What is the role of the nitrate reductase (euknr) gene in fungi that live in nitrate-free environments? A targeted gene knock-out study in Ampelomyces mycoparasites

Nemeth, Mark Z. and Li, Guofen and Seress, Diana and Pintye, Alexandra and Molnar, Orsolya and Kovacs, Gabor M. and Kiss, Levente ORCID: https://orcid.org/0000-0002-4785-4308 and Gorfer, Markus (2021) What is the role of the nitrate reductase (euknr) gene in fungi that live in nitrate-free environments? A targeted gene knock-out study in Ampelomyces mycoparasites. Fungal Biology, 125 (11). pp. 905-913. ISSN 1878-6146


Abstract

Mycoparasitic fungi can be utilized as biocontrol agents (BCAs) of many plant pathogens. Deciphering the molecular mechanisms of mycoparasitism may improve biocontrol efficiency. This work reports the first functional genetic studies in Ampelomyces, widespread mycoparasites and BCAs of powdery mildew fungi, and a molecular genetic toolbox for future works. The nitrate reductase (euknr) gene was targeted to reveal the biological function of nitrate assimilation in Ampelomyces. These mycoparasites live in an apparently nitrate-free environment, i.e. inside the hyphae of powdery mildew fungi that lack any nitrate uptake and assimilation system. Homologous recombination-based gene knock-out (KO) was applied to eliminate the euknr gene using Agrobacterium tumefaciens-mediated transformation. Efficient KO of euknr was confirmed by PCR, and visible phenotype caused by loss of euknr was detected on media with different nitrogen sources. Mycoparasitic ability was not affected by knocking out euknr as a tested transformant readily parasitized Blumeria graminis and Podosphaera xanthii colonies on barley and cucumber, respectively, and the rate of mycoparasitism did not differ from the wild type. These results indicate that euknr is not involved in mycoparasitism. Dissimilatory processes, involvement in nitric oxide metabolism, or other, yet undiscovered processes may explain why a functional euknr is maintained in Ampelomyces.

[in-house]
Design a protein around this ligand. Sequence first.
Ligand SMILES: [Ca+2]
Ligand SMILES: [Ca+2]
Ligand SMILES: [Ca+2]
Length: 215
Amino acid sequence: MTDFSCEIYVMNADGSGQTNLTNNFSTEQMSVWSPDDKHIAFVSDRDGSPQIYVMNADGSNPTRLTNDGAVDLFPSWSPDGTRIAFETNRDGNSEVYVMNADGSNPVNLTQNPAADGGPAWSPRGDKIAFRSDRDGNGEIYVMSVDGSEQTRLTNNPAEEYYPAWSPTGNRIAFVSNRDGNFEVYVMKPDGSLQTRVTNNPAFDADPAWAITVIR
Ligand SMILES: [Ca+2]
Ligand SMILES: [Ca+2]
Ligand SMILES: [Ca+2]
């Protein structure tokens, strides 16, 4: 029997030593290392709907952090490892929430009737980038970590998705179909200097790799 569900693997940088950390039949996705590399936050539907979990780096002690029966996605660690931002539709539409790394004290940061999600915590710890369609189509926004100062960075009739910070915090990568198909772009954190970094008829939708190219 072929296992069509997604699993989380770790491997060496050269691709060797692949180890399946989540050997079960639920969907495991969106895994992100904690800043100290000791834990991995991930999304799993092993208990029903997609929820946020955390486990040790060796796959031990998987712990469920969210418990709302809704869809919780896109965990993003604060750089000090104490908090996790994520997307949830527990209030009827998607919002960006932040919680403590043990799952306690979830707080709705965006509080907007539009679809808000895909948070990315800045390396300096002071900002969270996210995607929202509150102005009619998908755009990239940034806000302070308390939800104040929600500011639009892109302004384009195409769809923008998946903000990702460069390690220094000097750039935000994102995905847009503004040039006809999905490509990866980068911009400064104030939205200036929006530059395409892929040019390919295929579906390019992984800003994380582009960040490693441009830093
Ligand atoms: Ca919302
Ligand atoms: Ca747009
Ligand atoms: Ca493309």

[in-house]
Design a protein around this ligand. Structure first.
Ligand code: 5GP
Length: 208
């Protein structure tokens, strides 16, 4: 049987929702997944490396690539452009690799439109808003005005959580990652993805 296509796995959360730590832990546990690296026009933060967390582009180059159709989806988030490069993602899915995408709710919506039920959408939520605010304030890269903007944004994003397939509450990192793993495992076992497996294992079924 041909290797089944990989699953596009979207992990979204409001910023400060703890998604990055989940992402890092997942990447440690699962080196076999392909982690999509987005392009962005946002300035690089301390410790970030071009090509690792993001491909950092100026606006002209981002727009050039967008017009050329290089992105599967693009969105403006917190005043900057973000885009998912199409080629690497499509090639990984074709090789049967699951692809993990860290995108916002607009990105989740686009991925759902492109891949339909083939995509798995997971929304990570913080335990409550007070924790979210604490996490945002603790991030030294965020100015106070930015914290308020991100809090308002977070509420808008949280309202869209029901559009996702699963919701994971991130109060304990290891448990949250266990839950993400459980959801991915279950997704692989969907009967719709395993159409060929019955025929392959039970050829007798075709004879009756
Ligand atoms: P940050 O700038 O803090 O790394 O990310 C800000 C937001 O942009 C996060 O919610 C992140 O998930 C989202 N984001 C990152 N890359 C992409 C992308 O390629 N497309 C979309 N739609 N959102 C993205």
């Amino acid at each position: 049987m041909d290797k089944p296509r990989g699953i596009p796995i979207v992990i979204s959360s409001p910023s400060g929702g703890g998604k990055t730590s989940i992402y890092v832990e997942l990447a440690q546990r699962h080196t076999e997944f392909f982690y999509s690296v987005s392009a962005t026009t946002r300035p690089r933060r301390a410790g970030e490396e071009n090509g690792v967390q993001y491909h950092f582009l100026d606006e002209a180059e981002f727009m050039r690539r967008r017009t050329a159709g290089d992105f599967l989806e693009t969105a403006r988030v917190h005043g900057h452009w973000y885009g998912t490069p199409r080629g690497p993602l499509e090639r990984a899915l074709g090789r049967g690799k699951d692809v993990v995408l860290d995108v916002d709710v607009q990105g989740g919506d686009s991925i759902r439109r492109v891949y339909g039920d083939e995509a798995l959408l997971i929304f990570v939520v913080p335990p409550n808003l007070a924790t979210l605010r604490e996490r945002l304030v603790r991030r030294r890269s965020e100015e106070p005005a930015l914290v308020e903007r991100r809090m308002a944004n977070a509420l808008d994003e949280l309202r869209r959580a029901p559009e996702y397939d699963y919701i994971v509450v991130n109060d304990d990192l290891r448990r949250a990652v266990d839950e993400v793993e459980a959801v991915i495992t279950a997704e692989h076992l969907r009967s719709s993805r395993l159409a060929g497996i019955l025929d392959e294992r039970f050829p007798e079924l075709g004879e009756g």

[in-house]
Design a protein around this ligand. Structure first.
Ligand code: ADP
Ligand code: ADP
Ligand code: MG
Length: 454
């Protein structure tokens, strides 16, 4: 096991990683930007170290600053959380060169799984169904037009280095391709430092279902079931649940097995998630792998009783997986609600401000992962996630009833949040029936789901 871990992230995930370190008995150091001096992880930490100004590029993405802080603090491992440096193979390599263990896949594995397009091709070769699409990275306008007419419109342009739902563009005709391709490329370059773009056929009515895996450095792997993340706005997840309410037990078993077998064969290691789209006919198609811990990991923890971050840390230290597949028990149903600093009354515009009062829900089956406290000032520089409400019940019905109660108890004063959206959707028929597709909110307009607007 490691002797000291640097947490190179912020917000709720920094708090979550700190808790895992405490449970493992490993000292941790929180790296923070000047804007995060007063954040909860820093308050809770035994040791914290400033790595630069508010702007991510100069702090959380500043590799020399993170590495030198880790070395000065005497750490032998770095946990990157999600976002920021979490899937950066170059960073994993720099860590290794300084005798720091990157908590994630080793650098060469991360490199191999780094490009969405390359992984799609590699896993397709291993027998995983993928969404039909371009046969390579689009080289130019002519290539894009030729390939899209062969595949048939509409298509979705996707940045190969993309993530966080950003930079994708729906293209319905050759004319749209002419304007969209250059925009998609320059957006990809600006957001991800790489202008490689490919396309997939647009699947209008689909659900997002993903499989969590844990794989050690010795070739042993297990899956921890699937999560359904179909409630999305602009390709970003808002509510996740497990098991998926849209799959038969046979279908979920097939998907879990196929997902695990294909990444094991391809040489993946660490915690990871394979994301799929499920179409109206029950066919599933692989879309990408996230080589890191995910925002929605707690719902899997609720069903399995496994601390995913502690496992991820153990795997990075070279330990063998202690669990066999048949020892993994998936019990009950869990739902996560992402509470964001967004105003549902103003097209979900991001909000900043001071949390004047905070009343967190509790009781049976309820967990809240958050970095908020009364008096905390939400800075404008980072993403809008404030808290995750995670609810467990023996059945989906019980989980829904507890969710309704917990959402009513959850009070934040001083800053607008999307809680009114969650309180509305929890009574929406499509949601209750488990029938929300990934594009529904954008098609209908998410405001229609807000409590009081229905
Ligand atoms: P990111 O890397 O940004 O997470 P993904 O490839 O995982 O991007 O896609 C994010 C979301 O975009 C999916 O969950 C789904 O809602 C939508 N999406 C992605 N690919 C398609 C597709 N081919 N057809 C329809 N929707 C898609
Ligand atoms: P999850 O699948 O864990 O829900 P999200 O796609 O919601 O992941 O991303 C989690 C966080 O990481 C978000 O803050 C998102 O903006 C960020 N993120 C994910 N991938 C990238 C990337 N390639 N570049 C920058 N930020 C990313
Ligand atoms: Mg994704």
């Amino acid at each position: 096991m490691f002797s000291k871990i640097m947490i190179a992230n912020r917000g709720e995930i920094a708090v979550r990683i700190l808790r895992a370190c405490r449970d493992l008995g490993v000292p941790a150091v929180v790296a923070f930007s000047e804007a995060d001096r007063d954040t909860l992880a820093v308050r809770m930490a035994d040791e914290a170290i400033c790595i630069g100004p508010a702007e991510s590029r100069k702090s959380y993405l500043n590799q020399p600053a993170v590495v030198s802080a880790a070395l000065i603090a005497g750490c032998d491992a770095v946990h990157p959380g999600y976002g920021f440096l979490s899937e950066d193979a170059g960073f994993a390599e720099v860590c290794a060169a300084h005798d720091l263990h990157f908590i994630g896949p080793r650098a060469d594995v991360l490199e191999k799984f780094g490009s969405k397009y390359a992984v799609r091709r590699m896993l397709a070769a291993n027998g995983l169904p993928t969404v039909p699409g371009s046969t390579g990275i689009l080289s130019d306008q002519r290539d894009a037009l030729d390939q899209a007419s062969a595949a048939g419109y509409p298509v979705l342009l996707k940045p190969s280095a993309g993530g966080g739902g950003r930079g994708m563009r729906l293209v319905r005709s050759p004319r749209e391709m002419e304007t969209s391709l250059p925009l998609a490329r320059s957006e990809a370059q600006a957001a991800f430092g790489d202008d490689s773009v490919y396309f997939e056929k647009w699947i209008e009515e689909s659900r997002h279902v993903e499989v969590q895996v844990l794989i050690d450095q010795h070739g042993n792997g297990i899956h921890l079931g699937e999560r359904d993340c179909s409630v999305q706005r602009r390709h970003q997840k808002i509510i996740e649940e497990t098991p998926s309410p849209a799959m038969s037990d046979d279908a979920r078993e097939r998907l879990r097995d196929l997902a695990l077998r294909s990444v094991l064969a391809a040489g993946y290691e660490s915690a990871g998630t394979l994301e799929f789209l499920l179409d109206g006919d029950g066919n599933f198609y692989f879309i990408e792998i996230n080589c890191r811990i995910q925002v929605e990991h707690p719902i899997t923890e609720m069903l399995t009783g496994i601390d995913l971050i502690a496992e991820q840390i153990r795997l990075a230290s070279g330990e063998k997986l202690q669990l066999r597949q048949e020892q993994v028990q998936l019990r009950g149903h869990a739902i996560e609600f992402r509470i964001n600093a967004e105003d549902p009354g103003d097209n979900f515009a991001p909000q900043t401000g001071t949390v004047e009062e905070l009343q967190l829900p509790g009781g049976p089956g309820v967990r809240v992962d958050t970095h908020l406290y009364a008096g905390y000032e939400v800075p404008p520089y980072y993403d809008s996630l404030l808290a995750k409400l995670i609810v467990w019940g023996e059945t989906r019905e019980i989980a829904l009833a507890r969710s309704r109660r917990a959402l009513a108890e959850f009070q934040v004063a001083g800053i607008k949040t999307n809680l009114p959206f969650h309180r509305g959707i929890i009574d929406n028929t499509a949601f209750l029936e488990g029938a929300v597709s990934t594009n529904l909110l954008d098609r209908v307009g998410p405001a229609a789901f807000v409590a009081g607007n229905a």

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Item Type: Article (Commonwealth Reporting Category C)
Refereed: Yes
Item Status: Live Archive
Faculty/School / Institute/Centre: Current - Institute for Life Sciences and the Environment - Centre for Crop Health (24 Mar 2014 -)
Faculty/School / Institute/Centre: Current - Institute for Life Sciences and the Environment - Centre for Crop Health (24 Mar 2014 -)
Date Deposited: 12 Jan 2022 04:39
Last Modified: 14 Jan 2022 01:16
Uncontrolled Keywords: Functional genetics, Yeast recombinational cloning, Agrobacterium tumefaciens-mediated transformation, Powdery mildew, Nitric oxide
Fields of Research (2008): 06 Biological Sciences > 0605 Microbiology > 060505 Mycology
Fields of Research (2020): 31 BIOLOGICAL SCIENCES > 3107 Microbiology > 310705 Mycology
Socio-Economic Objectives (2008): E Expanding Knowledge > 97 Expanding Knowledge > 970106 Expanding Knowledge in the Biological Sciences
Socio-Economic Objectives (2020): 28 EXPANDING KNOWLEDGE > 2801 Expanding knowledge > 280102 Expanding knowledge in the biological sciences
Identification Number or DOI: https://doi.org/10.1016/j.funbio.2021.06.004
URI: http://eprints.usq.edu.au/id/eprint/45394

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